Today’s workplace is changing at a far faster rate than I experienced and employees are far more likely to be judged “dead weight” if they have shown little ability to adapt and grow. To quote another Bob Dylan line: “You don’t need a weatherman to tell which way the wind is blowing”. It should be painfully obvious that the American economy has been irrevocably changed over the past three years and the “good old days” of full employment are gone-gone forever. Unemployment and underemployment are the sad residue of changes most of us never saw coming and the inevitable consequence of a national overconfidence. For those of you still in the workforce, adaptability and a thirst for progression are the keys to success.

I have been asked on more than one occasion: “If I like my job, have no desire to be a manager or move, isn’t that O.K.?” Like most questions with absolute answers, my response is “maybe.” Movement is not necessarily growth and lack of movement isn’t always a death sentence. I’ve met countless individuals who switched jobs repeatedly simply to avoid being held accountable for their incompetency. I have also known a few people who did retain the same position and continued to gain new tools and competencies.

However it is, in my opinion, far more difficult to add to your treasure chest of experience and capabilities without stretching yourself by taking on significant new challenges. The workplace may not yet have become a Darwinian survival of the fittest, but it is a place where if you fail to move forward almost by definition you are slipping backward-“he not busy being born is busy dying.”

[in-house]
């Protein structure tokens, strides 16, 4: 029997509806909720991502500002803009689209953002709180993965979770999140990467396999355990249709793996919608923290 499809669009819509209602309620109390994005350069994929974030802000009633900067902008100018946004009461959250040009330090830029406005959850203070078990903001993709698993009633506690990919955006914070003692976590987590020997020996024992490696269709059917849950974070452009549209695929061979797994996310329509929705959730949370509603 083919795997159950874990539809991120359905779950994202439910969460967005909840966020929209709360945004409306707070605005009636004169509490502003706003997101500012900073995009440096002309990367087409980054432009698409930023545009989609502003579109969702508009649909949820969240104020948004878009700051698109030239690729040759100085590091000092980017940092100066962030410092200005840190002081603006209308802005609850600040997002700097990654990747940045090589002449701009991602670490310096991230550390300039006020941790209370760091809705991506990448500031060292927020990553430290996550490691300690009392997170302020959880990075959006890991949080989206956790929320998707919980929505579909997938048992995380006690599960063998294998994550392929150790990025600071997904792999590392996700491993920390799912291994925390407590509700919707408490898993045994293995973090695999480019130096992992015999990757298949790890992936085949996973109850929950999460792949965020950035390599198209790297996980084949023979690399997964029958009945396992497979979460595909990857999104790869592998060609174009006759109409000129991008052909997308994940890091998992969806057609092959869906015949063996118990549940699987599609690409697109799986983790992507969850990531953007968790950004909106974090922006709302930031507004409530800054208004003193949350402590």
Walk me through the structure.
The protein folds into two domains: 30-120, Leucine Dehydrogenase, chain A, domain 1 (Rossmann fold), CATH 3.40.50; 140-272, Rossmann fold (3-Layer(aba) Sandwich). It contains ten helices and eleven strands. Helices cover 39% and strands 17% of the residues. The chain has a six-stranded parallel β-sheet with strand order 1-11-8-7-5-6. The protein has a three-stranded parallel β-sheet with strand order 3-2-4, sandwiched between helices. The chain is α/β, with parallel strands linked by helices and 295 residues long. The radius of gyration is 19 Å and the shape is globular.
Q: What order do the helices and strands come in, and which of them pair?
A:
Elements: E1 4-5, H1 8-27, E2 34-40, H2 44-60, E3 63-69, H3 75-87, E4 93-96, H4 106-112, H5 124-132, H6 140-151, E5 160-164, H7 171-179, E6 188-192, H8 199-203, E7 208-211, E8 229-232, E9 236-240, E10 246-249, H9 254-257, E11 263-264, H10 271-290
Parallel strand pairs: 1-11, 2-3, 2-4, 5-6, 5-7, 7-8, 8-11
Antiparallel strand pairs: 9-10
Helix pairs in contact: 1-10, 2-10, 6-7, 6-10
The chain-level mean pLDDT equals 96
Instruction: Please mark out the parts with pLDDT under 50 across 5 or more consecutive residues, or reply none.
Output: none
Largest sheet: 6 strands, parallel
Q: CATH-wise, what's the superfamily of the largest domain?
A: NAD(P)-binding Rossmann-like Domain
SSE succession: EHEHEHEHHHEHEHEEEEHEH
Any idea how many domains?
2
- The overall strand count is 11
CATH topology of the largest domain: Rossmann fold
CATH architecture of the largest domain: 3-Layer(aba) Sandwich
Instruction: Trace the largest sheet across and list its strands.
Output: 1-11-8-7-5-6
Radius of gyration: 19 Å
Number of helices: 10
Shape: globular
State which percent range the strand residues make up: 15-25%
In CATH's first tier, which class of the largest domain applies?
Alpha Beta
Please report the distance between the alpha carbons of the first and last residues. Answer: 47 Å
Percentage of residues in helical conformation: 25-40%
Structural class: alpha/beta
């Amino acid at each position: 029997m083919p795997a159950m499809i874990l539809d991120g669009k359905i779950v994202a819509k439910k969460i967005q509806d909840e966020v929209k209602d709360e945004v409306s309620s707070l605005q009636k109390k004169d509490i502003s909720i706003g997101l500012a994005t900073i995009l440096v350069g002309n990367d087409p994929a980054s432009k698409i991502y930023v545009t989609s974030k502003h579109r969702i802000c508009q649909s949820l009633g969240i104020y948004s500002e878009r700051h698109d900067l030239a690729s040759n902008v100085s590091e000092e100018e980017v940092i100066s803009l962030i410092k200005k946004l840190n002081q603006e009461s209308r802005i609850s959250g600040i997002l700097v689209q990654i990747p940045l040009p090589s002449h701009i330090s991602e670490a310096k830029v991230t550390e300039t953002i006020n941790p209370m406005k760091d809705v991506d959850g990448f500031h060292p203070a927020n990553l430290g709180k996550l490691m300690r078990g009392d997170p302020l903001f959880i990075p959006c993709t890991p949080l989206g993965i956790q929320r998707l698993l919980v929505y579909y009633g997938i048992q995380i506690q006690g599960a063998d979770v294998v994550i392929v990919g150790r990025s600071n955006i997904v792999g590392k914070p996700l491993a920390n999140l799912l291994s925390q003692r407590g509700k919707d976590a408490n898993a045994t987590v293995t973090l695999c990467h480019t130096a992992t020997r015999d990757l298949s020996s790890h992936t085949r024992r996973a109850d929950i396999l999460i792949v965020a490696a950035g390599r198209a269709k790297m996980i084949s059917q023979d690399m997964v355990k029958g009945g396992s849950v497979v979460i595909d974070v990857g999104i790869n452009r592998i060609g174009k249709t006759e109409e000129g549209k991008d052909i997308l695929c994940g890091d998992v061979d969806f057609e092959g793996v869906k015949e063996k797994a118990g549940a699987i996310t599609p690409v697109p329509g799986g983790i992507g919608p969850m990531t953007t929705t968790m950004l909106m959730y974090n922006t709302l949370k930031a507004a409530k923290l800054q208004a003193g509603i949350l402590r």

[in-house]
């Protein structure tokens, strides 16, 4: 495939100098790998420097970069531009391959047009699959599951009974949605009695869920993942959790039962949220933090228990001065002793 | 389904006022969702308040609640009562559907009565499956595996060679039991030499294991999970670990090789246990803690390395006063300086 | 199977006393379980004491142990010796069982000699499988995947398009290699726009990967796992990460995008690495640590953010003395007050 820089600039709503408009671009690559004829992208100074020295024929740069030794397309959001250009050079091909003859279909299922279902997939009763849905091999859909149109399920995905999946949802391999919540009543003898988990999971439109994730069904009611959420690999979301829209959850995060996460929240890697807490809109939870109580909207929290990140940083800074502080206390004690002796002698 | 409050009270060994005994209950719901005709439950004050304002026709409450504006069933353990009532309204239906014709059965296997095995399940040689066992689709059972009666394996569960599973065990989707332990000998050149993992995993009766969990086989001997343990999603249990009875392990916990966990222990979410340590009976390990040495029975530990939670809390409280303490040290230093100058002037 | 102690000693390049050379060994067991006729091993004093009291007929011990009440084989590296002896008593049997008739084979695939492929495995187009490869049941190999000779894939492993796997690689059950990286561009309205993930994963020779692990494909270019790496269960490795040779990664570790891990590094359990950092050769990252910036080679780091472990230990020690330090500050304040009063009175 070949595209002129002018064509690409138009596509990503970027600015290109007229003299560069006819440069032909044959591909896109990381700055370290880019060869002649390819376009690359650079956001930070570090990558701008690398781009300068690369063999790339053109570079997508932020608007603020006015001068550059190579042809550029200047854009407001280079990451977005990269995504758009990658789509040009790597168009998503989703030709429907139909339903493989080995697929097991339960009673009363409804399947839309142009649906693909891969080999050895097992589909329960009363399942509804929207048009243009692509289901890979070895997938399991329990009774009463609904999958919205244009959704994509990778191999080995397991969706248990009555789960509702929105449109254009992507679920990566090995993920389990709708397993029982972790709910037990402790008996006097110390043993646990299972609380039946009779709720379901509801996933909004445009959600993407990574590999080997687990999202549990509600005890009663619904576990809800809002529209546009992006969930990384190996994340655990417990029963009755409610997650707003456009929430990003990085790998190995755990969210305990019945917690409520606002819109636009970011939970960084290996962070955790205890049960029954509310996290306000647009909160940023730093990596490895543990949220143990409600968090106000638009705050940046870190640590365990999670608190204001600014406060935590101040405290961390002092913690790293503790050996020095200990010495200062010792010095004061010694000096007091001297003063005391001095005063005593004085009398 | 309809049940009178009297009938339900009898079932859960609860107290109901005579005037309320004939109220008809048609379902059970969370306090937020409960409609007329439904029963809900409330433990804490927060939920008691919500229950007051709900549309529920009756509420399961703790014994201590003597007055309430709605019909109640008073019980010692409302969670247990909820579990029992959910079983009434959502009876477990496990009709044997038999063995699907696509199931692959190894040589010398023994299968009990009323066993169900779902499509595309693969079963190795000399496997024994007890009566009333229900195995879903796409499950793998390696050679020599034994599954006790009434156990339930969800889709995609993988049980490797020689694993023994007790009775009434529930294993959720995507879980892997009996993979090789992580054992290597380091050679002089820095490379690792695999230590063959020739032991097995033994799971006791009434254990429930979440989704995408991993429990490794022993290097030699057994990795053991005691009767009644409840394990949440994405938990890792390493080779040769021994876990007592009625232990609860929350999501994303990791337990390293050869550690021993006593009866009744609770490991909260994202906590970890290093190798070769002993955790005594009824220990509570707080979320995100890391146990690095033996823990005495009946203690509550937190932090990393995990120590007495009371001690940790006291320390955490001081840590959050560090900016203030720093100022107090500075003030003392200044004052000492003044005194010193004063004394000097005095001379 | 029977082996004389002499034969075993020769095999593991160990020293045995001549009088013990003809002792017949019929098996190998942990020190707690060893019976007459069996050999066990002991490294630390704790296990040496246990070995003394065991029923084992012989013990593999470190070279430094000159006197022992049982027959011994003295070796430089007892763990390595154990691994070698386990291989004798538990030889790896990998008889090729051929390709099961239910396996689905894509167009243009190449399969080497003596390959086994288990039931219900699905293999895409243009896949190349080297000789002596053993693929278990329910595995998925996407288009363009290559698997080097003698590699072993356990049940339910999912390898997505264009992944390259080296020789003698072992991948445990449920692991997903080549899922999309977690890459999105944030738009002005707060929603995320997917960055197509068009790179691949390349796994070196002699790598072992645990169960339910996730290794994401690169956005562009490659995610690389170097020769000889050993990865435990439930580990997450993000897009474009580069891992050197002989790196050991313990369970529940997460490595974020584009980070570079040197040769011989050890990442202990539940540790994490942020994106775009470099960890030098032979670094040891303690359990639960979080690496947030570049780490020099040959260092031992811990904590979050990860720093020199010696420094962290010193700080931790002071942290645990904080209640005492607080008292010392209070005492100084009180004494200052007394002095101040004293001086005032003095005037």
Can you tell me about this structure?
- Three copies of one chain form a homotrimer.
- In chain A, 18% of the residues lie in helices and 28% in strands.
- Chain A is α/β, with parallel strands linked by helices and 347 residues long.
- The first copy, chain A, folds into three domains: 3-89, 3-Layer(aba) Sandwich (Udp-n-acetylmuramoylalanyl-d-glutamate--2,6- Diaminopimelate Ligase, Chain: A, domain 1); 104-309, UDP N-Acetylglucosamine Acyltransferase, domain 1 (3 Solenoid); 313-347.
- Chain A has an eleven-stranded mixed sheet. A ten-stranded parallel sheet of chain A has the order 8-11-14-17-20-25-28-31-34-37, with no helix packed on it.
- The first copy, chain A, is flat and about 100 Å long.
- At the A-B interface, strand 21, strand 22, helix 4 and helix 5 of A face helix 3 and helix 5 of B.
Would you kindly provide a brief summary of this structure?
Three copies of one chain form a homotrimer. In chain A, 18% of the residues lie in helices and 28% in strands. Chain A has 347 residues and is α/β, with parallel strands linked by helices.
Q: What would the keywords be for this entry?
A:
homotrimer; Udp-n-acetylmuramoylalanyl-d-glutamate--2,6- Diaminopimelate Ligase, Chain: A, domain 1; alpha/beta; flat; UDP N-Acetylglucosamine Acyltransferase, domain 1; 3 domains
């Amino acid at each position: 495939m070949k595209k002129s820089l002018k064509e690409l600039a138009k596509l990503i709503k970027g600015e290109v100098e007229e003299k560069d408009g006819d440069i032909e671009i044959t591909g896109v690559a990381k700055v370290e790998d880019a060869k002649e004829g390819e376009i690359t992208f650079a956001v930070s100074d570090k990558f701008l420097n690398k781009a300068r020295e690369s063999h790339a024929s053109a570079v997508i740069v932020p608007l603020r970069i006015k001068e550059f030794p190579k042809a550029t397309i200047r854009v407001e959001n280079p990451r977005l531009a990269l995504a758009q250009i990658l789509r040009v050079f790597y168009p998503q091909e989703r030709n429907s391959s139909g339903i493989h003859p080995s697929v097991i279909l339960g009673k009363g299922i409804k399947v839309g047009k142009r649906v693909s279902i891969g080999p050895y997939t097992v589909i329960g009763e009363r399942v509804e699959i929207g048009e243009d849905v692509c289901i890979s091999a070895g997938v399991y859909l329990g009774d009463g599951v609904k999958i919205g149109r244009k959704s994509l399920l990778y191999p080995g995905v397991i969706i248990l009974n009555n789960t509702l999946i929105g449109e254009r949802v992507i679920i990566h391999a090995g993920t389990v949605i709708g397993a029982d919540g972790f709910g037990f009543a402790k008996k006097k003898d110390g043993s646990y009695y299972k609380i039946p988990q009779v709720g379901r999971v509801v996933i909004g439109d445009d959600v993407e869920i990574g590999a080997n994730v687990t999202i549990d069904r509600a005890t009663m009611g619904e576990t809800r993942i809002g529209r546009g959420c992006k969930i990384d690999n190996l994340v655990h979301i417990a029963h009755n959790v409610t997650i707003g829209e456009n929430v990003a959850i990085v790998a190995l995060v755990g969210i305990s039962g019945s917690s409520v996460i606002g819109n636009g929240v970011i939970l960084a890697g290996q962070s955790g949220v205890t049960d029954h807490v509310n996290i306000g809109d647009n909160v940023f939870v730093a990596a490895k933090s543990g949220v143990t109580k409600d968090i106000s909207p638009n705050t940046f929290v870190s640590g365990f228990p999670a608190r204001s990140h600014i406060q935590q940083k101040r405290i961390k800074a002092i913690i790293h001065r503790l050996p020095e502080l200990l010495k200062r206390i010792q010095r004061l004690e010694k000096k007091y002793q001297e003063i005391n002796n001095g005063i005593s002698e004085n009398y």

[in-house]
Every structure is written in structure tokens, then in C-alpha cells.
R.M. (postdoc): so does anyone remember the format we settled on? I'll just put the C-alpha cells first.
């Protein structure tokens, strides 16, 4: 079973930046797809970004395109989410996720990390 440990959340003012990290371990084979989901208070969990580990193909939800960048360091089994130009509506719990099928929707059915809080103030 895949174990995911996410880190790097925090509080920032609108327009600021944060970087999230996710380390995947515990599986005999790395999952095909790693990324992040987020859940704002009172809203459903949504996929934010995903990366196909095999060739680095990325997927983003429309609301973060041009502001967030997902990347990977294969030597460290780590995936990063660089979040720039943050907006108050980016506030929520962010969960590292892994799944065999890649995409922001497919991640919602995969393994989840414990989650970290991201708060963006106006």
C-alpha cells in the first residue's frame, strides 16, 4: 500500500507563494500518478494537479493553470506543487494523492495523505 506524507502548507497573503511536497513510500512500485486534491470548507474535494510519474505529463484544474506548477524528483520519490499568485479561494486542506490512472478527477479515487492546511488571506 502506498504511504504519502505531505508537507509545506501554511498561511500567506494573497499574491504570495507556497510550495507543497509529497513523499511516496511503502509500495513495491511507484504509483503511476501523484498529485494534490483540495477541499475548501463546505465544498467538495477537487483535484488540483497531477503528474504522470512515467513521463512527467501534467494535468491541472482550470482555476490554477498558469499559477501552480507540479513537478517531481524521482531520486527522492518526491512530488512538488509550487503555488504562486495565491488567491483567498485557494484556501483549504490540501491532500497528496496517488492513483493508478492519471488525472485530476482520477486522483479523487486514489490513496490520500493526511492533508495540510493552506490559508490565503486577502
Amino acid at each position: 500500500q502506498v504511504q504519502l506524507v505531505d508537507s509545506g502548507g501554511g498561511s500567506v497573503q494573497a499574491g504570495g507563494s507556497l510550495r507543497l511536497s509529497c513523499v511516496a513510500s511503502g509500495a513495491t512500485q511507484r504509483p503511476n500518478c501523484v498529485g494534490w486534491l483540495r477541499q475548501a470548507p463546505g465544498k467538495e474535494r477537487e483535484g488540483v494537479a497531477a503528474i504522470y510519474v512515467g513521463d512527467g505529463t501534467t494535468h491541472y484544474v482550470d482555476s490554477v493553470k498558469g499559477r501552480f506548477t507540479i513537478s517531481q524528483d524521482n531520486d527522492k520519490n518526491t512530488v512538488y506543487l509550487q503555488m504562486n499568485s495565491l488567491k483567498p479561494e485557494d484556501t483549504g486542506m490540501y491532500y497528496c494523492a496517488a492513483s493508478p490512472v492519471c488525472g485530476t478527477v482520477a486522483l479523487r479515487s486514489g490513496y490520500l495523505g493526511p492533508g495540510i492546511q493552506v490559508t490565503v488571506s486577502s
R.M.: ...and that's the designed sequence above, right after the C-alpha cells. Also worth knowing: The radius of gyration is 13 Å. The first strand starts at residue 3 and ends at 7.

Past Blogs
Rule #10: If you don’t systematically plan, life is a series of random events

Rule #9 – It is Ok to be Stupid, It is Ok to be Arrogant, Just Don’t Be Both
Rule #8 – You Can’t Always Get What You Want But If You Try Real Hard You’ll Get
Rule #7 – Common Sense and Common Courtesy are Uncommon

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Pat Fiorenza

John, this is great information – I’ll receive my MPA in July and will be starting up my career, so thanks for sharing your experiences and insights. I also happen to be a huge Dylan fan. Have you read Bob Dylan in America? I recommend it if you haven’t had a chance to read it yet. Thanks again!

Scott Burns

Thanks so much for the awesome insight!

I agree that “It’s Alright Ma” is an amazing song– one of the best from the best songwriter in history.

I have reflected on that same line many times throughout my life, and it continues to resonate with me in everything I do. I won’t judge people who want the world and their contributions to it to remain stable, but I certainly prefer working with (and investing personal time with) people who see change and self-improvement as the best way to spend our limited time on the earth.

I will remember this quote in every interview I do from this point forward: “When I reviewed resumes of applicants for openings I always wondered if an individual’s ten years of experience was simply two years of experience replicated four more times.”

Andrew Krzmarzick

This line also provides a chilling – and inspiring – moment in the movie “Shawshank Redemption” (my favorite movie of all time). For folks not familiar with it, there’s a story line where one of the inmates who had spent his life in prison was released to the community late in his life. He tries to make an honest go of it, serving as a grocery store bagger – but finds that his life in prison was easier and, in some ways, more meaningful. I won’t tell you what happens next just in case you haven’t seen it, but here’s the scene that sets it all up: